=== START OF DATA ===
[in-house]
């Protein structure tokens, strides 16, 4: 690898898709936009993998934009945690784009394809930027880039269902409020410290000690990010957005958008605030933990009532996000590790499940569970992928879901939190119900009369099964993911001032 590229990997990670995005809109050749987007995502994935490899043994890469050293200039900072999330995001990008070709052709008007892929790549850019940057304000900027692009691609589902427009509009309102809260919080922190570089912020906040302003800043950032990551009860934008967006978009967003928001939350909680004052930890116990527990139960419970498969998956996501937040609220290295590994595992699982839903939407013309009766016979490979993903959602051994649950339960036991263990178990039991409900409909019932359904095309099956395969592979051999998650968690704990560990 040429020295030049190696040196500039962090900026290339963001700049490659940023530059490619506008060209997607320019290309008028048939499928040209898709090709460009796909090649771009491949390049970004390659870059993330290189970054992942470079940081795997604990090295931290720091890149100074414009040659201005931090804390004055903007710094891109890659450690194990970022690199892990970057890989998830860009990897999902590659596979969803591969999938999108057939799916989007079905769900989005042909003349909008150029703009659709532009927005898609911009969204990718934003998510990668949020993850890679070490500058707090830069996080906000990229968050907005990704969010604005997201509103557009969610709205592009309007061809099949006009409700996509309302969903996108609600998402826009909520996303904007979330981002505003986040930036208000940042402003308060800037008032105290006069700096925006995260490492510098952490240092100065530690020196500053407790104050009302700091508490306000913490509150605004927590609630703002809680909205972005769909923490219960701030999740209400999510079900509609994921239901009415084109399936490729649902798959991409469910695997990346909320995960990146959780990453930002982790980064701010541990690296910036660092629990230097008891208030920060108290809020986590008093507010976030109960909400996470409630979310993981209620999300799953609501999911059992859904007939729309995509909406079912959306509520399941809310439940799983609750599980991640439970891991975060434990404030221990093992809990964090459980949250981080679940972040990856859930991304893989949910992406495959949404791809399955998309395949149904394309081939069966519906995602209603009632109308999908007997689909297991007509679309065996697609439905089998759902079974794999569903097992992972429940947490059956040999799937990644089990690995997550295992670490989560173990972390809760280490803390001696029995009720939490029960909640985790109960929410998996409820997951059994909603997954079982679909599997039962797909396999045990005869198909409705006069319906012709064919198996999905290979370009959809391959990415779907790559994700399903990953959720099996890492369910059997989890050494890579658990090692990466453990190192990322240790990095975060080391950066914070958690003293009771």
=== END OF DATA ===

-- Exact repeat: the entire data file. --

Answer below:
[in-house]
């Protein structure tokens, strides 16, 4: 690898898709936009993998934009945690784009394809930027880039269902409020410290000690990010957005958008605030933990009532996000590790499940569970992928879901939190119900009369099964993911001032 590229990997990670995005809109050749987007995502994935490899043994890469050293200039900072999330995001990008070709052709008007892929790549850019940057304000900027692009691609589902427009509009309102809260919080922190570089912020906040302003800043950032990551009860934008967006978009967003928001939350909680004052930890116990527990139960419970498969998956996501937040609220290295590994595992699982839903939407013309009766016979490979993903959602051994649950339960036991263990178990039991409900409909019932359904095309099956395969592979051999998650968690704990560990 040429020295030049190696040196500039962090900026290339963001700049490659940023530059490619506008060209997607320019290309008028048939499928040209898709090709460009796909090649771009491949390049970004390659870059993330290189970054992942470079940081795997604990090295931290720091890149100074414009040659201005931090804390004055903007710094891109890659450690194990970022690199892990970057890989998830860009990897999902590659596979969803591969999938999108057939799916989007079905769900989005042909003349909008150029703009659709532009927005898609911009969204990718934003998510990668949020993850890679070490500058707090830069996080906000990229968050907005990704969010604005997201509103557009969610709205592009309007061809099949006009409700996509309302969903996108609600998402826009909520996303904007979330981002505003986040930036208000940042402003308060800037008032105290006069700096925006995260490492510098952490240092100065530690020196500053407790104050009302700091508490306000913490509150605004927590609630703002809680909205972005769909923490219960701030999740209400999510079900509609994921239901009415084109399936490729649902798959991409469910695997990346909320995960990146959780990453930002982790980064701010541990690296910036660092629990230097008891208030920060108290809020986590008093507010976030109960909400996470409630979310993981209620999300799953609501999911059992859904007939729309995509909406079912959306509520399941809310439940799983609750599980991640439970891991975060434990404030221990093992809990964090459980949250981080679940972040990856859930991304893989949910992406495959949404791809399955998309395949149904394309081939069966519906995602209603009632109308999908007997689909297991007509679309065996697609439905089998759902079974794999569903097992992972429940947490059956040999799937990644089990690995997550295992670490989560173990972390809760280490803390001696029995009720939490029960909640985790109960929410998996409820997951059994909603997954079982679909599997039962797909396999045990005869198909409705006069319906012709064919198996999905290979370009959809391959990415779907790559994700399903990953959720099996890492369910059997989890050494890579658990090692990466453990190192990322240790990095975060080391950066914070958690003293009771």